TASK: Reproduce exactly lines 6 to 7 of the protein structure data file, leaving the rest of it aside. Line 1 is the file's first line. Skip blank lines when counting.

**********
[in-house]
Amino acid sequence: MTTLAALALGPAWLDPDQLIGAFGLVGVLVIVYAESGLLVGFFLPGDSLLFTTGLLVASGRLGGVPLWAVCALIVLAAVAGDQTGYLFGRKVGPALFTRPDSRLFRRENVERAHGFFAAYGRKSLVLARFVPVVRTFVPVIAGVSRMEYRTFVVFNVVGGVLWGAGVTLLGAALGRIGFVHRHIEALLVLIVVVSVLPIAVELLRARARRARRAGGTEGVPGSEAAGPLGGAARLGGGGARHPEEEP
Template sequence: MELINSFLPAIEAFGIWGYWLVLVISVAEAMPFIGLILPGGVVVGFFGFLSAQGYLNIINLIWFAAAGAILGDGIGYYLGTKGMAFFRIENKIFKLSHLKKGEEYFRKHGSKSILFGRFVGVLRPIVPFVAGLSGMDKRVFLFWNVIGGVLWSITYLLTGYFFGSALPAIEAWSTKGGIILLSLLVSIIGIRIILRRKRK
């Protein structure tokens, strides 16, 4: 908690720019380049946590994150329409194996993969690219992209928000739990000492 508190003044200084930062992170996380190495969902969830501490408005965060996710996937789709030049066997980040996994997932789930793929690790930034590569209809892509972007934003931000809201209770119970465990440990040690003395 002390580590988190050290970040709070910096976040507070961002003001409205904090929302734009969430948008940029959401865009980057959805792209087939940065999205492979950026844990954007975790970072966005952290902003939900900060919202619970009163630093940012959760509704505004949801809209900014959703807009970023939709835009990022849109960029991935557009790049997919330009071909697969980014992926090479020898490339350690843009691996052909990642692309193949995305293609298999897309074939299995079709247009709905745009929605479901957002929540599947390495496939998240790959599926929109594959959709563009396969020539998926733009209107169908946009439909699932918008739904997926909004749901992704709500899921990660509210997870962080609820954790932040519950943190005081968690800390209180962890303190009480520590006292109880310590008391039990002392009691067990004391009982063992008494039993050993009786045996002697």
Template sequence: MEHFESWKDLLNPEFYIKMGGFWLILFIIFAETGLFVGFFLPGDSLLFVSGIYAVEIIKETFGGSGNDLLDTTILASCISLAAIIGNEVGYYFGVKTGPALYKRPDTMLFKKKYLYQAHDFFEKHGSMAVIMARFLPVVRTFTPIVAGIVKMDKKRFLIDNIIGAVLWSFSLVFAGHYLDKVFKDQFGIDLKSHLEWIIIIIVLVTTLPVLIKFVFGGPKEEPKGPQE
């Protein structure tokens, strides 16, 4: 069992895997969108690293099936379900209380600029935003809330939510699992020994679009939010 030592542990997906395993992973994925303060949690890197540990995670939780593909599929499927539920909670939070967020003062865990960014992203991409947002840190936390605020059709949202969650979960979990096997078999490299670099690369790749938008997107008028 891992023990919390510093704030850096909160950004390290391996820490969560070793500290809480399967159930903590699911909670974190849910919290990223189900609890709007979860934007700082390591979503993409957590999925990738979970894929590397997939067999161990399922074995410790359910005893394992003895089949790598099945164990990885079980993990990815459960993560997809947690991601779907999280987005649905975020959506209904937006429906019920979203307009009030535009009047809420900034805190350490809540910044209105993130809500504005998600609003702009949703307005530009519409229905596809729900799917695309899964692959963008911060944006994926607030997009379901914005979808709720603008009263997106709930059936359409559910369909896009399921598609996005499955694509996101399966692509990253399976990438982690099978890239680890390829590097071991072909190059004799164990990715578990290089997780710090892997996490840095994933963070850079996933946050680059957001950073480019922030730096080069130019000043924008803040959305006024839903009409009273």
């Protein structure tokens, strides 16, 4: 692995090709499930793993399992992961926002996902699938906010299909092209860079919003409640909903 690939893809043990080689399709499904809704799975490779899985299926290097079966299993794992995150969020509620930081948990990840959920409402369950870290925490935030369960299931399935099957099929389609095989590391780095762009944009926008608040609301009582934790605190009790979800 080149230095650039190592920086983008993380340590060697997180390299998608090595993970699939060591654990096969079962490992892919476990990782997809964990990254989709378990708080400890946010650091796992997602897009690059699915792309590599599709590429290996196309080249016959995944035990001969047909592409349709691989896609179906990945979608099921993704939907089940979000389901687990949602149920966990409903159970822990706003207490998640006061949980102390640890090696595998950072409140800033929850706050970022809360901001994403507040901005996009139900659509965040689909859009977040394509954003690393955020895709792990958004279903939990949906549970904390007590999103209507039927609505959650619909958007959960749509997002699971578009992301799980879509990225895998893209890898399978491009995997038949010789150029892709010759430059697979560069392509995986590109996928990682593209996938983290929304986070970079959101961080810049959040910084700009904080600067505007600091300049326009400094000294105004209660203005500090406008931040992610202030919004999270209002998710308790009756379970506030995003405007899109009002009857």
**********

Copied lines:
């Protein structure tokens, strides 16, 4: 069992895997969108690293099936379900209380600029935003809330939510699992020994679009939010 030592542990997906395993992973994925303060949690890197540990995670939780593909599929499927539920909670939070967020003062865990960014992203991409947002840190936390605020059709949202969650979960979990096997078999490299670099690369790749938008997107008028 891992023990919390510093704030850096909160950004390290391996820490969560070793500290809480399967159930903590699911909670974190849910919290990223189900609890709007979860934007700082390591979503993409957590999925990738979970894929590397997939067999161990399922074995410790359910005893394992003895089949790598099945164990990885079980993990990815459960993560997809947690991601779907999280987005649905975020959506209904937006429906019920979203307009009030535009009047809420900034805190350490809540910044209105993130809500504005998600609003702009949703307005530009519409229905596809729900799917695309899964692959963008911060944006994926607030997009379901914005979808709720603008009263997106709930059936359409559910369909896009399921598609996005499955694509996101399966692509990253399976990438982690099978890239680890390829590097071991072909190059004799164990990715578990290089997780710090892997996490840095994933963070850079996933946050680059957001950073480019922030730096080069130019000043924008803040959305006024839903009409009273």
């Protein structure tokens, strides 16, 4: 692995090709499930793993399992992961926002996902699938906010299909092209860079919003409640909903 690939893809043990080689399709499904809704799975490779899985299926290097079966299993794992995150969020509620930081948990990840959920409402369950870290925490935030369960299931399935099957099929389609095989590391780095762009944009926008608040609301009582934790605190009790979800 080149230095650039190592920086983008993380340590060697997180390299998608090595993970699939060591654990096969079962490992892919476990990782997809964990990254989709378990708080400890946010650091796992997602897009690059699915792309590599599709590429290996196309080249016959995944035990001969047909592409349709691989896609179906990945979608099921993704939907089940979000389901687990949602149920966990409903159970822990706003207490998640006061949980102390640890090696595998950072409140800033929850706050970022809360901001994403507040901005996009139900659509965040689909859009977040394509954003690393955020895709792990958004279903939990949906549970904390007590999103209507039927609505959650619909958007959960749509997002699971578009992301799980879509990225895998893209890898399978491009995997038949010789150029892709010759430059697979560069392509995986590109996928990682593209996938983290929304986070970079959101961080810049959040910084700009904080600067505007600091300049326009400094000294105004209660203005500090406008931040992610202030919004999270209002998710308790009756379970506030995003405007899109009002009857």